Saturday 31 March 2018


“A man who was completely innocent, offered himself as a sacrifice for the good of others, including his enemies, and became the ransom of the world. It was a perfect act.” - Mahatma Gandhi 

J.S. Bach (1685 – 1750) wrote an enormous amount of music (much of it secular), however, like most composers of his age, he spent most of his professional life writing and directing music for the church. Consequently, he wrote well over 200 sacred cantatas (sometimes up to one a month) to provide music for the busy church calendar. 209 survive to the present day and of these, around 25 were written for the period starting on Easter Sunday and ending on Pentecost, four weeks later. Therefore, we have an embarrassment of riches to choose from for this season. Here is his “Der Himmel lacht, die Erde jubilieret” BWV 31 of 1715.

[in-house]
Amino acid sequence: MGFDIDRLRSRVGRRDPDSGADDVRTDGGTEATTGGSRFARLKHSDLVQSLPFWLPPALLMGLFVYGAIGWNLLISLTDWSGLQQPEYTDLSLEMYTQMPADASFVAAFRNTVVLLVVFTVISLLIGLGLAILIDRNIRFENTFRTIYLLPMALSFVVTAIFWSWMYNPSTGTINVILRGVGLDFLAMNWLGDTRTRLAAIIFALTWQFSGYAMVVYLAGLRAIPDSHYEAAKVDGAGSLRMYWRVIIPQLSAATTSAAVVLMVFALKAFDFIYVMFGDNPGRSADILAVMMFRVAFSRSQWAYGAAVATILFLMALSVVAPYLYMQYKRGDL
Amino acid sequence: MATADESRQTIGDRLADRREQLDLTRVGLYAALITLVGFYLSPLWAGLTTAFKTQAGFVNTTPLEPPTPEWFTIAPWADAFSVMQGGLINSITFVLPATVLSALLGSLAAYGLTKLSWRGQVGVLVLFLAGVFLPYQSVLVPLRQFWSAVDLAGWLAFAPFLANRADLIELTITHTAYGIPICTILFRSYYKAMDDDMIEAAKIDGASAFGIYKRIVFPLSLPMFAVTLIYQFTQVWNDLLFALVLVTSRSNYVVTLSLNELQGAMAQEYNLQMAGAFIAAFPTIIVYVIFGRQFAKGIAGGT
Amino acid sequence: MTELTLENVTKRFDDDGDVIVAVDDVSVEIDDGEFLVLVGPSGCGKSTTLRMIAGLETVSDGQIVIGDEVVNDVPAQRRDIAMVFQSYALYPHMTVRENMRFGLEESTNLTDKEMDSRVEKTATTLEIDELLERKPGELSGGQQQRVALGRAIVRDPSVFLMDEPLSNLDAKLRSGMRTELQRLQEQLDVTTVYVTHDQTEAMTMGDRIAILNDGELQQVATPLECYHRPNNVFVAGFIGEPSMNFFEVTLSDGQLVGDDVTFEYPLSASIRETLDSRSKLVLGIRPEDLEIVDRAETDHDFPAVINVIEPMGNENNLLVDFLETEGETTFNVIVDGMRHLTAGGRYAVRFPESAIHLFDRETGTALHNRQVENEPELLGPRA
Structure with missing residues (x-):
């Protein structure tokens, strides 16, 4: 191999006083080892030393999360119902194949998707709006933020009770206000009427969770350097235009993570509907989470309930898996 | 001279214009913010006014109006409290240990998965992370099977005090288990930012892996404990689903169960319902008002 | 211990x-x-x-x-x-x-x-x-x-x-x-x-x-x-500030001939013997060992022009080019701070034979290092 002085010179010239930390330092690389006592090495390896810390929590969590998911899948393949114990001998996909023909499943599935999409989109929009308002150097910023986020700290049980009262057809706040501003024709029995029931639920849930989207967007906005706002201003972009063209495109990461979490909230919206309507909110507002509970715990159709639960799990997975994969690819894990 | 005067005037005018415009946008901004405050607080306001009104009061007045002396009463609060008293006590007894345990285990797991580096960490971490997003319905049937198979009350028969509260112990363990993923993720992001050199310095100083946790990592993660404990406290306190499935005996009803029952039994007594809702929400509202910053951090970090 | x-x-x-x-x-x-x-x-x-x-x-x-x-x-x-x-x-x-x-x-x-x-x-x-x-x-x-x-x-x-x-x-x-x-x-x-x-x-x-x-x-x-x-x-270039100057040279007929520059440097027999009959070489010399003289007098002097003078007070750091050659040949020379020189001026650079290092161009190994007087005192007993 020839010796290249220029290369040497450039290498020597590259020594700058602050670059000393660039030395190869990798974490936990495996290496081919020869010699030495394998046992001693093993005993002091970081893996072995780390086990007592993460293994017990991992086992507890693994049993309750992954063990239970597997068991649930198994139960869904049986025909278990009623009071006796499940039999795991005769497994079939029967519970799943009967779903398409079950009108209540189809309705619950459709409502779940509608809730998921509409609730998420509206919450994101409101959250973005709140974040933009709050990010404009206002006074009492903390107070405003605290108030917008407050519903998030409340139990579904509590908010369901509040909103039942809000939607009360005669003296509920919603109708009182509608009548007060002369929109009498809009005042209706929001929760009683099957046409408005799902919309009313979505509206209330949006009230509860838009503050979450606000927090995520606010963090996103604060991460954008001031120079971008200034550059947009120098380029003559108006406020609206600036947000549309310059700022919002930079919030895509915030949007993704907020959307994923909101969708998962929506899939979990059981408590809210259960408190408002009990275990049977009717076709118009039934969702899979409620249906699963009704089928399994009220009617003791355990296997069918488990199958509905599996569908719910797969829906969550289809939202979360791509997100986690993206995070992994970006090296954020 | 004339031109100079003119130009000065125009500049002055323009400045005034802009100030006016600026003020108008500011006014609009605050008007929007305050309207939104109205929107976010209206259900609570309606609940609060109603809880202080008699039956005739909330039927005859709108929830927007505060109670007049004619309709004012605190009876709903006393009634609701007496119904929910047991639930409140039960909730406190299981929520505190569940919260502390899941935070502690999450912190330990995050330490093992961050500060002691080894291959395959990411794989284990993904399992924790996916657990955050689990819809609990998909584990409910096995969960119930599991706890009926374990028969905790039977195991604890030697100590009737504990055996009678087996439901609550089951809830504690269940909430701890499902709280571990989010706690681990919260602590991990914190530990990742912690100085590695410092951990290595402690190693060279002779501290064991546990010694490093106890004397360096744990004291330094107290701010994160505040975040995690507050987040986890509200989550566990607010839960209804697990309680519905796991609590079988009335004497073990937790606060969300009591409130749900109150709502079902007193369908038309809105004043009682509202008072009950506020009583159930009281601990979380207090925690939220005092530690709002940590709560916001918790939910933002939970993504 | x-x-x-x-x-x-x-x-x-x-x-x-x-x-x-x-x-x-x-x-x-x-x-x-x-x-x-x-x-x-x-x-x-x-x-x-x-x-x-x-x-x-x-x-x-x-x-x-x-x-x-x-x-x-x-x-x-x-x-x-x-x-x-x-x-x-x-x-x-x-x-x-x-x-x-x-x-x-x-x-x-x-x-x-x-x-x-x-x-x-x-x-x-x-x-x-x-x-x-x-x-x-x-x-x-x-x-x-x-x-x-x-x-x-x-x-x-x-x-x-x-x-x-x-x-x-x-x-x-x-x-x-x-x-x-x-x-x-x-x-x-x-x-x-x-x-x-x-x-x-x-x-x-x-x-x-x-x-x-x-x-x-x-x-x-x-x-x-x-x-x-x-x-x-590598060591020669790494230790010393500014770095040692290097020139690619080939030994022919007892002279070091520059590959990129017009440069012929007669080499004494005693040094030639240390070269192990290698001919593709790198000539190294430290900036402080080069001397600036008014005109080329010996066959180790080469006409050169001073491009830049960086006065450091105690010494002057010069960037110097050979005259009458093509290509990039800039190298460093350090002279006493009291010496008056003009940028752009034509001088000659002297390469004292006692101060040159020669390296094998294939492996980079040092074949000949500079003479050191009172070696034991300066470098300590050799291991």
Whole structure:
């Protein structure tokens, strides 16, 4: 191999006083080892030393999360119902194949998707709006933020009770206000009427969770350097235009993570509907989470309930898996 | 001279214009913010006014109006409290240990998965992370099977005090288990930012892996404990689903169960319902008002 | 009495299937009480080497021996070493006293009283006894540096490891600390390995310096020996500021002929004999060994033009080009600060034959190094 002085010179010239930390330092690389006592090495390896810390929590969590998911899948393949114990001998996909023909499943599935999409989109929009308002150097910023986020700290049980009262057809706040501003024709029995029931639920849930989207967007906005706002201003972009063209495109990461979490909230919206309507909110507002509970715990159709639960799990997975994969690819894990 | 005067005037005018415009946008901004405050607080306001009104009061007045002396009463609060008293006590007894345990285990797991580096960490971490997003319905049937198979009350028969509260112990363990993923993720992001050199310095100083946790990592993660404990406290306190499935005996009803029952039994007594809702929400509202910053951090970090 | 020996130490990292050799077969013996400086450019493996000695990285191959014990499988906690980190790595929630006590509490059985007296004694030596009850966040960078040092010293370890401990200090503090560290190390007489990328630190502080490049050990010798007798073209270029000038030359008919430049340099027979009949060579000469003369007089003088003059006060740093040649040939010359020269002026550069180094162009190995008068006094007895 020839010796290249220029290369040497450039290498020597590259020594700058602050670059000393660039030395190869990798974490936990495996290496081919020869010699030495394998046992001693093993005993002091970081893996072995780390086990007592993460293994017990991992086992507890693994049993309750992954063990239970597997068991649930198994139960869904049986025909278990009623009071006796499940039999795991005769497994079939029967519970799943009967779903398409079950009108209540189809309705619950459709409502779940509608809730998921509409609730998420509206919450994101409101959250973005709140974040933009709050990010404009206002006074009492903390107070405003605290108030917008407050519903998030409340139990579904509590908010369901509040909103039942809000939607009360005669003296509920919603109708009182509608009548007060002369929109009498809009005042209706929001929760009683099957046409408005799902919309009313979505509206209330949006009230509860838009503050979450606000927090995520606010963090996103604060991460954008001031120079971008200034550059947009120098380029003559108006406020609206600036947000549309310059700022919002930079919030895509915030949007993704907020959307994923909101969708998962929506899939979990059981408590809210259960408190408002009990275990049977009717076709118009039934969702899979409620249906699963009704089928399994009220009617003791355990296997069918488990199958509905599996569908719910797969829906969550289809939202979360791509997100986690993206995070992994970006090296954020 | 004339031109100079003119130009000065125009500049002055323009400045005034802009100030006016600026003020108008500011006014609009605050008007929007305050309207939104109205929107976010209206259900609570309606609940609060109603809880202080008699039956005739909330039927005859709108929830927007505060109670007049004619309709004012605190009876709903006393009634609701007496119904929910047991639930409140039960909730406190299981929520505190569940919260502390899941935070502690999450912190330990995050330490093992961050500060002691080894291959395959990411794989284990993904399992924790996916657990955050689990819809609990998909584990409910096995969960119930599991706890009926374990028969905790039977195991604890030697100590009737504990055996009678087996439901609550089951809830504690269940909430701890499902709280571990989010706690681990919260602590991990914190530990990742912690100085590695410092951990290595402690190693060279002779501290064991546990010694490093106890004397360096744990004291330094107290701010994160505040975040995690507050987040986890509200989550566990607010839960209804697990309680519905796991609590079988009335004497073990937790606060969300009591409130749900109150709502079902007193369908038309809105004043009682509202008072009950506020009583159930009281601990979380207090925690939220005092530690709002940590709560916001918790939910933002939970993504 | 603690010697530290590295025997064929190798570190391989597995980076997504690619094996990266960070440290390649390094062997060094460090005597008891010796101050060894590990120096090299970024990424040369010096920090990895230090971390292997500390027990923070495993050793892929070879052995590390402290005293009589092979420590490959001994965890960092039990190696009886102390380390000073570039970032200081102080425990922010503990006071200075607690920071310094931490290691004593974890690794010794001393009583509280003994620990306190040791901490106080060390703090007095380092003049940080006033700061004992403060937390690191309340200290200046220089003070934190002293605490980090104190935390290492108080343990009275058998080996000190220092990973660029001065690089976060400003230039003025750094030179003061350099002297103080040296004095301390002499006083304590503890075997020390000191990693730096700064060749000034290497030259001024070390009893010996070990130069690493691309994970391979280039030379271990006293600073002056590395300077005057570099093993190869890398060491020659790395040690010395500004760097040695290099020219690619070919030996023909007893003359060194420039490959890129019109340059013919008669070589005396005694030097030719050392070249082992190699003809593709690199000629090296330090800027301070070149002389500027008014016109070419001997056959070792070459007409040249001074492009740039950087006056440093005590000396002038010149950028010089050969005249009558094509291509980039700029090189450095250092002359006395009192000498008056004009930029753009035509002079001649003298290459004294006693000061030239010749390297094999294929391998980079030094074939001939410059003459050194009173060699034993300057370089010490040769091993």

1. Sonata
2. Chorus (S, A, T, B) at 2:33
The heavens laugh!
The earth doth ring with glory,
And all she beareth in her lap;
Our Maker liveth!
The Highest standeth triumphant
And is from bonds of death now free
He who the grave for rest hath chosen,
The Holy One, seeeth not corruption.
3. Recit. (B) at 6:09
O welcome day!
O soul, again be glad!
The A and O,
The first and also last one,
Whom our own grievous guilt in death’s own prison buried,
Is now torn free of all his woe!
The Lord was dead,
And lo, again he liveth;
As liveth our head, so live as well his members.
The Lord hath in his hand
Of death and also hell the keys now!
He who his cloak
Blood-red did splash within his bitter passion,
Today will put on finery and honour.

Text: Salomo Franck. 21 April 1715, Weimar 1